Written by Morpheus Kitami
There haven't been a lot of Japanese games on TAG. There haven't been any, actually. This is not necessarily due to a lack of them translated into English, but the only big ones released in English by '93 are Murder Club and L-Zone. Why Trickster never covered Murder Club isn't a mystery, it wasn't on Wikipedia's list of graphic adventure games when he started. I don't know why L-Zone got missed in '92 or '93.
|Thrilling gameplay in Mystery House|
|A typical Japanese adventure game|
In 1983 The Portopia Serial Murder Case was released, the first major Japanese-style adventure game, where instead of doing actions on things or typing it out, you select from a list of options. For some reason that will become clear as you read, this was unimaginably popular in Japan and a good chunk of Japanese games were inspired in some way by it. As a result, actual text adventures never really took off in Japan, though there would be a few titles per year up until the early '90s. (this was all helped by Japanese computers tending towards smut than entertainment) Western graphical adventures would have a distinct niche, but usually ported to consoles and there are very few Japanese attempts at the genre.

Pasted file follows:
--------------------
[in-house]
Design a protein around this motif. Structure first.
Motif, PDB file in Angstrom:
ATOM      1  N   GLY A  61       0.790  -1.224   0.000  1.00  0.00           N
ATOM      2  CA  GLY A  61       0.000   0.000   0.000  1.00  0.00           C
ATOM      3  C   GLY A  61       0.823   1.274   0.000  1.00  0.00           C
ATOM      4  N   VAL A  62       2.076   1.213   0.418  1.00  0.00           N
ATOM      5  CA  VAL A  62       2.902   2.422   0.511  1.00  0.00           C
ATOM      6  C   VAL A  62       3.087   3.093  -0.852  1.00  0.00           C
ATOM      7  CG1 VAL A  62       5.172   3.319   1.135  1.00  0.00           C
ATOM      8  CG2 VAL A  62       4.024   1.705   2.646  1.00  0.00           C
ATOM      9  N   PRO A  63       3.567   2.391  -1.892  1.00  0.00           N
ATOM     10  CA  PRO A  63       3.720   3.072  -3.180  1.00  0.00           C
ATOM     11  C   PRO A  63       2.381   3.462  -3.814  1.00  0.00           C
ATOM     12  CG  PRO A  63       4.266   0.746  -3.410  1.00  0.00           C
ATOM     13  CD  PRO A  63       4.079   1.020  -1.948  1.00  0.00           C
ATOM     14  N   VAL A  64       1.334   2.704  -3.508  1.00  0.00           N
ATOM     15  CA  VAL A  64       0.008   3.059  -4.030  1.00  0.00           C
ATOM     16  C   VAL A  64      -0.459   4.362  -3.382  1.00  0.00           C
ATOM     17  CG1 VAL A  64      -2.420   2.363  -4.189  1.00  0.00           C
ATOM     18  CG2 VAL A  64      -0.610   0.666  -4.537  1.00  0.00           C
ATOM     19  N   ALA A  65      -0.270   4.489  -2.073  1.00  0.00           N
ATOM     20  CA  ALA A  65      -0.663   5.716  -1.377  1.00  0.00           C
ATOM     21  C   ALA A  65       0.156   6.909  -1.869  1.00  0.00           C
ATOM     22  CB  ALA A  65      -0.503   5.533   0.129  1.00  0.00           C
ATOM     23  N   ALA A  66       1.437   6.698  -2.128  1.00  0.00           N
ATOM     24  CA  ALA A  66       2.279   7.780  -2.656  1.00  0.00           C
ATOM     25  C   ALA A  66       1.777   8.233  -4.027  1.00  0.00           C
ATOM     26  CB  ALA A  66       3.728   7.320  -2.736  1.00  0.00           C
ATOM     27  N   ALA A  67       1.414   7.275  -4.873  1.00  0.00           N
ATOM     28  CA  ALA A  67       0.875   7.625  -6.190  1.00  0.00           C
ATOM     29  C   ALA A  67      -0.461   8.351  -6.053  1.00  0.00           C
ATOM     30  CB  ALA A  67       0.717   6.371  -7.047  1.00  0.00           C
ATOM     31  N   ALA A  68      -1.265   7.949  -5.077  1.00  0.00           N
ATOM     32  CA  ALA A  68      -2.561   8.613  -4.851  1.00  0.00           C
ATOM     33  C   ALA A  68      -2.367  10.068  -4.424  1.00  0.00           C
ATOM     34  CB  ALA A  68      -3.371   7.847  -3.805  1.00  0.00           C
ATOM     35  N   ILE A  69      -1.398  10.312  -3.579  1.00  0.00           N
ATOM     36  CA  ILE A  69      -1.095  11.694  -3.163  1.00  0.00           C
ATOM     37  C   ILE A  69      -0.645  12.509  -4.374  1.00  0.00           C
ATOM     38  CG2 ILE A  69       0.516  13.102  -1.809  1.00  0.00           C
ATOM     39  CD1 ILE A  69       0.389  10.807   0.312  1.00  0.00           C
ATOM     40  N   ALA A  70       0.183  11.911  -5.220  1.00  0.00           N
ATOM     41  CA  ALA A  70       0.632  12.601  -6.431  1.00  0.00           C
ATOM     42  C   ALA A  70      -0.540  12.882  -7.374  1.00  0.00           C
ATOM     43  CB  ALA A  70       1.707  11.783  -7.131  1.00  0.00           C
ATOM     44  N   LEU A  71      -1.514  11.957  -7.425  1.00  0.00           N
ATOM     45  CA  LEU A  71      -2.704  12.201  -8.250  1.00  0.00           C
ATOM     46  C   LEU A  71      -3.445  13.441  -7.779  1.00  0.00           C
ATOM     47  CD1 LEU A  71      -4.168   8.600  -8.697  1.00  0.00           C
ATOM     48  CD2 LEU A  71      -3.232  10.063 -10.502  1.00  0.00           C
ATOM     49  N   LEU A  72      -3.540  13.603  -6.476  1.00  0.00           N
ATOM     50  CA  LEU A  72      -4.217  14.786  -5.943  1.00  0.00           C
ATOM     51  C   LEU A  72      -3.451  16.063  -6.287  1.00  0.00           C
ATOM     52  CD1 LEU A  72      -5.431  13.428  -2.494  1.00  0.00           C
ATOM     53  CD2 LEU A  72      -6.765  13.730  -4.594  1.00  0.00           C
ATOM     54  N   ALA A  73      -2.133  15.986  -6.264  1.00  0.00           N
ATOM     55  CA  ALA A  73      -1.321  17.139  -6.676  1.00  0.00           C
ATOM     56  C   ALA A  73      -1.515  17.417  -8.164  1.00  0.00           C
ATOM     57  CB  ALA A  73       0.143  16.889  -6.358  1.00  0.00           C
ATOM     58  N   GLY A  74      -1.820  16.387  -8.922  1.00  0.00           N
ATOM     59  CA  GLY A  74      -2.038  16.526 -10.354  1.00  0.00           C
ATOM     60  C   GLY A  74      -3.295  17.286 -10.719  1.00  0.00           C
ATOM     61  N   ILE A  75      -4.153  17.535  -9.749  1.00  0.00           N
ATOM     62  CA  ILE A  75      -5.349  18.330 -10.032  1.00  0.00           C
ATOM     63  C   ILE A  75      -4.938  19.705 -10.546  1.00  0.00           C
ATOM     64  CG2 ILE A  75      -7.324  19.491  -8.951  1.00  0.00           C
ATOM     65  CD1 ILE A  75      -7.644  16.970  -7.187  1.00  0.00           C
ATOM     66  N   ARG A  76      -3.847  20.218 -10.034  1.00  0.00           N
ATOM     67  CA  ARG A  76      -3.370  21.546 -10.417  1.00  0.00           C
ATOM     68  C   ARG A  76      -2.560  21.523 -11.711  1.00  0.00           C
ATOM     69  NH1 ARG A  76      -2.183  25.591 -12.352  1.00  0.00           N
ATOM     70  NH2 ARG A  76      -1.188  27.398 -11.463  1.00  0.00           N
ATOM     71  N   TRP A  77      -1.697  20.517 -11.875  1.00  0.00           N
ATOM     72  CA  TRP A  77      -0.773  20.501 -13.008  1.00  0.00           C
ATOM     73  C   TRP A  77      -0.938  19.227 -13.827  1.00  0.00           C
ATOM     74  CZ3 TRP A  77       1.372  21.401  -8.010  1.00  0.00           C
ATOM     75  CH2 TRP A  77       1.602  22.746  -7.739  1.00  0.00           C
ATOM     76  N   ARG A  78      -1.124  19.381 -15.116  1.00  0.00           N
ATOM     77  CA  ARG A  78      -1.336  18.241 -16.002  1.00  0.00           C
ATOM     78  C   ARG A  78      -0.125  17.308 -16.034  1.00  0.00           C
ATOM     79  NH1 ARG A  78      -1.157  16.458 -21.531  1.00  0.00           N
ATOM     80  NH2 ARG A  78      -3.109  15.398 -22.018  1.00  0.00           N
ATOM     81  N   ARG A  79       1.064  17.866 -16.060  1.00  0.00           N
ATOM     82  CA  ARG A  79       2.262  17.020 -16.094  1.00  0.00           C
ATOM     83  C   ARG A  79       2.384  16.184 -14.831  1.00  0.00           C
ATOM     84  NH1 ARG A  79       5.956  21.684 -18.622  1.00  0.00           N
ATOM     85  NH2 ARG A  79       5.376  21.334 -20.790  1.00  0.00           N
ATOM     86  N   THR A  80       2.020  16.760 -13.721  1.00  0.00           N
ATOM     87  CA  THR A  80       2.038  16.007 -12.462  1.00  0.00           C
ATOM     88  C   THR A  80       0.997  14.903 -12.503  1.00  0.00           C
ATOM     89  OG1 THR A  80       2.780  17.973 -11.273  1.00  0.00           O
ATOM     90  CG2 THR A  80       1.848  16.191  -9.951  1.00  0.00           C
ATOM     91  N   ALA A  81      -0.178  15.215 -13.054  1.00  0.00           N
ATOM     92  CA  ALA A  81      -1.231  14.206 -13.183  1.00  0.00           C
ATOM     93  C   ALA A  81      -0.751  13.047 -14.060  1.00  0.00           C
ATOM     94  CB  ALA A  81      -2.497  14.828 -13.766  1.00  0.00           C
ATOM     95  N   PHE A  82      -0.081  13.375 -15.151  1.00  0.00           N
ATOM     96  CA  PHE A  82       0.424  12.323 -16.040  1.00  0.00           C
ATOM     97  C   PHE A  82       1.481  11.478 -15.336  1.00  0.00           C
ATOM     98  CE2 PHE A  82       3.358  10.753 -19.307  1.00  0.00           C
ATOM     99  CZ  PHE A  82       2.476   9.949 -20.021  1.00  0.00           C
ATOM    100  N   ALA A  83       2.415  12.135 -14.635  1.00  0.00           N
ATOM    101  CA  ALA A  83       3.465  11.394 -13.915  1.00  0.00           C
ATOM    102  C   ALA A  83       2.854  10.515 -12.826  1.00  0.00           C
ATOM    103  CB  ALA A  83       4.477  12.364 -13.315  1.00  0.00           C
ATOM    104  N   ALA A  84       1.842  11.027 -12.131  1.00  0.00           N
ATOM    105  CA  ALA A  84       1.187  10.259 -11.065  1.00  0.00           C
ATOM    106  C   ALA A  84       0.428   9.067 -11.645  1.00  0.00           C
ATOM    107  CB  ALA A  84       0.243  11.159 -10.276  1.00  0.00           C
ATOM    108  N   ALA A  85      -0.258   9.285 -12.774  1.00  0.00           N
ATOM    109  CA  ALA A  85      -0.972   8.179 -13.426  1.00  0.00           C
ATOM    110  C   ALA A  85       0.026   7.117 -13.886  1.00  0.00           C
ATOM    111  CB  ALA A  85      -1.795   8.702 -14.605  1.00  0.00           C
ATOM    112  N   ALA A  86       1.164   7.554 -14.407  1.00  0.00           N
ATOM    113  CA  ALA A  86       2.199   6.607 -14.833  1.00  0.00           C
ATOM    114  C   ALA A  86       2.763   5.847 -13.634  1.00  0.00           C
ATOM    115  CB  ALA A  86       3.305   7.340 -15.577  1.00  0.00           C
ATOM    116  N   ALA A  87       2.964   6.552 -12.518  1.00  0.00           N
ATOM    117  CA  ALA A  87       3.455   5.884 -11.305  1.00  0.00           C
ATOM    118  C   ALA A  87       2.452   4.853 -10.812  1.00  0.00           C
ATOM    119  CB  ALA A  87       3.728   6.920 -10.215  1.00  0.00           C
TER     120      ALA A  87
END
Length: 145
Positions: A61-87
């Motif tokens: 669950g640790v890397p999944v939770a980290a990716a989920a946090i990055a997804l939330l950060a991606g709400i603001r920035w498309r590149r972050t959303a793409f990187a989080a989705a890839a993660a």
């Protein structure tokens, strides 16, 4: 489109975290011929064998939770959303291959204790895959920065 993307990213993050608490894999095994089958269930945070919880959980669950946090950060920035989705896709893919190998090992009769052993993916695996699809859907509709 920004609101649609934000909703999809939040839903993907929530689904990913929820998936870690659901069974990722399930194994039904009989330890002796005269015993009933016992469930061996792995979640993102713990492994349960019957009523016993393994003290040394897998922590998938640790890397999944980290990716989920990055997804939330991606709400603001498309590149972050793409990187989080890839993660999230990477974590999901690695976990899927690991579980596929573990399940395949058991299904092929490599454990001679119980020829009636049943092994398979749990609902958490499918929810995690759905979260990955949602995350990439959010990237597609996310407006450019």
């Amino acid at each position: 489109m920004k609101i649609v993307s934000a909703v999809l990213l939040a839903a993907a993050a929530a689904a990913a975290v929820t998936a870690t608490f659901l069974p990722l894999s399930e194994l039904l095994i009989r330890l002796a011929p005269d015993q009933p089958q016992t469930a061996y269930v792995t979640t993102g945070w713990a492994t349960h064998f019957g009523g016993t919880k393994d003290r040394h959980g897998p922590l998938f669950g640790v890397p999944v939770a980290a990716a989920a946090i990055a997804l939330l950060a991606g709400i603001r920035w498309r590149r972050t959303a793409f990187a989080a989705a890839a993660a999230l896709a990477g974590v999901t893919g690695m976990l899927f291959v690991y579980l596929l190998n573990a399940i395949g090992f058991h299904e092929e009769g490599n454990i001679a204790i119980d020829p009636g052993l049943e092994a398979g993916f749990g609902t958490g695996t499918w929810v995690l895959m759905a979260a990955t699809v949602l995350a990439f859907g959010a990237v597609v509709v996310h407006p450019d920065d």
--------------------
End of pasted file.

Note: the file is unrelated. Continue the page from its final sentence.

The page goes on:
|The sum total of my knowledge on this company|
This was published by Starcraft. While a few companies ported western titles to Japan, Starcraft was the biggest porting adventure and RPGs in the '80s. Originating as a developer for Broderbund on Apple II software, which was relatively popular in the days when native computers required you to build it yourself. After a couple years of developing games for Broderbund they shifted gears and started publishing western made adventure and RPGs games, starting with Mystery House and ending with Legend of Kyrandia 2. Why did they do this? I don't know. I just don't have any information on the subject. Even the Japanese don't seem too interested in saying anything about it. However, I did find something interesting. At least some Japanese versions of these were designed from the ground up. Might and Magic 2 for instance was developed alongside the English versions. I suspect that The Count is original, since looking through the game reveals it doesn't usual the typical Adams three-letter parser.